Tuesday, December 12, 2017
Education

New school board member meets St. Petersburg NAACP

ST. PETERSBURG — There was reason to suspect the brand new School Board member's visit to the St. Petersburg NAACP Monday might turn combative.

Glenton "Glen" Gilzean didn't even live in Pinellas County until November, but got picked by Gov. Rick Scott to serve on the board that oversees more than 100,000 students.

And Monday night, the 29-year-old came to talk with about 10 NAACP leaders who admired the late Lew Williams, whom Gilzean replaced.

Former St. Petersburg NAACP President Ray Tampa asked Gilzean if he had known Williams and "whether you have any idea what his vision is?"

While Gilzean acknowledged he did not know Williams, he said he had a recent breakfast meeting with Williams' wife to discuss her late husband's vision. And he agreed to keep meeting with her, as much as once a week.

Gilzean said he had learned that when Williams dealt with School Board matters, "no matter what happened, it was always about the student first." Gilzean also said Williams believed in good preschools to get kids ready for elementary schools.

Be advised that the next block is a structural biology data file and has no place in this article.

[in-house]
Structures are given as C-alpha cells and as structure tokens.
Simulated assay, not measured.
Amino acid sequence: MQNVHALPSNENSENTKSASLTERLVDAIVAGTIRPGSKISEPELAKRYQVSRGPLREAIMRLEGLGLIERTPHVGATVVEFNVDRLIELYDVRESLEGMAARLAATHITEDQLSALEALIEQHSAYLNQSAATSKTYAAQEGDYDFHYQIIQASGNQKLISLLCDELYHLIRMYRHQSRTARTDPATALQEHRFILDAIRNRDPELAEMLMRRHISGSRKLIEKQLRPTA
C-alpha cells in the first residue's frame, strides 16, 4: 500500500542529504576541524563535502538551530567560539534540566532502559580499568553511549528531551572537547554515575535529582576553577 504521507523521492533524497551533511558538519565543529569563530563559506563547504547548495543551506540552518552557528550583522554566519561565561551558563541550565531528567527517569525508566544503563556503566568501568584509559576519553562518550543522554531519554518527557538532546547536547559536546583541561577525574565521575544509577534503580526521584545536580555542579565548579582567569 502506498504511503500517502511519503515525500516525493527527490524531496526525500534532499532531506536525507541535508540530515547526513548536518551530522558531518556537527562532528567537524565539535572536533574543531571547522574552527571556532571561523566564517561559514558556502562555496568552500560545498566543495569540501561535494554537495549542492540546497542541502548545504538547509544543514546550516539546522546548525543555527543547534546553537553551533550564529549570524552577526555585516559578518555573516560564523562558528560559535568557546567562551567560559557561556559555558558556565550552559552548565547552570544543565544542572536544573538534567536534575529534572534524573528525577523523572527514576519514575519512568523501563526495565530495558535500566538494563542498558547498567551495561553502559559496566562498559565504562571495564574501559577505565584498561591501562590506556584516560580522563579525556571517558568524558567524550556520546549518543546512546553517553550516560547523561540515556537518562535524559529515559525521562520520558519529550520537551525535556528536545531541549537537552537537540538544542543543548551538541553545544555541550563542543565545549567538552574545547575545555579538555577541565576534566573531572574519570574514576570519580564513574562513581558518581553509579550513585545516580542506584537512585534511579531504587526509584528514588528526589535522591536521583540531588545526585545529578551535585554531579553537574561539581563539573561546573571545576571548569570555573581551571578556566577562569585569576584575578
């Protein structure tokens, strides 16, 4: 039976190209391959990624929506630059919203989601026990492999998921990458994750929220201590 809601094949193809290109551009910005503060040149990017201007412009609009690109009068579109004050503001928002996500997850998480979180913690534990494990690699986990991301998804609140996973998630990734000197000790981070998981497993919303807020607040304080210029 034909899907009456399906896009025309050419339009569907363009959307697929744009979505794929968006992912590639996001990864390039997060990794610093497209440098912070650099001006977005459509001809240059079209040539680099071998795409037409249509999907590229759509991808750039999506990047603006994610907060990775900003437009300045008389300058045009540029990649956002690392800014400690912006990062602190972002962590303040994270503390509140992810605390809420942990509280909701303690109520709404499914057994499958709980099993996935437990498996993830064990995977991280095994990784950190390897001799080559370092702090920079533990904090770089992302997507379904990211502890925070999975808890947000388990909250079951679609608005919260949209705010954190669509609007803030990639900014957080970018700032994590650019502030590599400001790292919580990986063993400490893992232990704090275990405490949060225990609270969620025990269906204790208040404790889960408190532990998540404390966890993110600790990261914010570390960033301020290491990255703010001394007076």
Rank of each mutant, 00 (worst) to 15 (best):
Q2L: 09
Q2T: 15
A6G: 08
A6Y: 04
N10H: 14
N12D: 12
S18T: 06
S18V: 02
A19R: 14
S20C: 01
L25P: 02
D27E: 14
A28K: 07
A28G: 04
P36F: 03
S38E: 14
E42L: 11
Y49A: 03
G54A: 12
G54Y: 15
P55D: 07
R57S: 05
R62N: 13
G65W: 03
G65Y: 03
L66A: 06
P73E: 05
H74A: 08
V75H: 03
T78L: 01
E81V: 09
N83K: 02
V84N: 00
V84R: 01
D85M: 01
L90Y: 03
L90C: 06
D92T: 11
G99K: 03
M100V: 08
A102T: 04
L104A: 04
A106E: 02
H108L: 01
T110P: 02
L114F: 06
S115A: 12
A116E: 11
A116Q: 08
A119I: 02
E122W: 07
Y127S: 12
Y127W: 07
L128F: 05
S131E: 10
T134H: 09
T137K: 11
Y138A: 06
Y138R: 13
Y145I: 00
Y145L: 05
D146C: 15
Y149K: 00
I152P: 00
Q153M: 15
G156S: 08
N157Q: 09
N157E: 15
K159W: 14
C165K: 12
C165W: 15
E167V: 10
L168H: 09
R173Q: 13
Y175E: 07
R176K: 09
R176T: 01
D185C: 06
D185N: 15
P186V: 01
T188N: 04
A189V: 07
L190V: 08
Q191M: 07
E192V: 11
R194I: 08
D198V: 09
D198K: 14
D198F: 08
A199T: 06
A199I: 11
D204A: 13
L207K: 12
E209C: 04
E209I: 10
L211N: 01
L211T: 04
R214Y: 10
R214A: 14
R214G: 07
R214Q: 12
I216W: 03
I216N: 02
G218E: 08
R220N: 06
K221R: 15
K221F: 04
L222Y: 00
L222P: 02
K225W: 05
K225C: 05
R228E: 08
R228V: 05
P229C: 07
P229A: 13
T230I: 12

"Although I did not have a personal relationship with the gentleman," he said, "I do have a working relationship with his widow."

Gilzean's answers set some of the NAACP members at ease. Tampa, for one, said Gilzean appeared knowledgeable about education issues and "he seems open to listening."

Gilzean said he will hold office hours open to anyone who wants to discuss education issues. He wants to find ways to better coordinate preschool programs. He wants to improve student achievement. He defended his support of educational vouchers, which some in the audience questioned.

He also acknowledged being an average student himself, with a 2.9 high school GPA and a 3.0 at the University of South Florida. But, he said, he did make good choices, and said students need guidance on how to do the same.

Gilzean said he hopes young people of color will look at him and see a man who graduated from college and formed a nonprofit employing 50 people around the state. And he hopes they will realize "that they can do it too. That's the exciting part."

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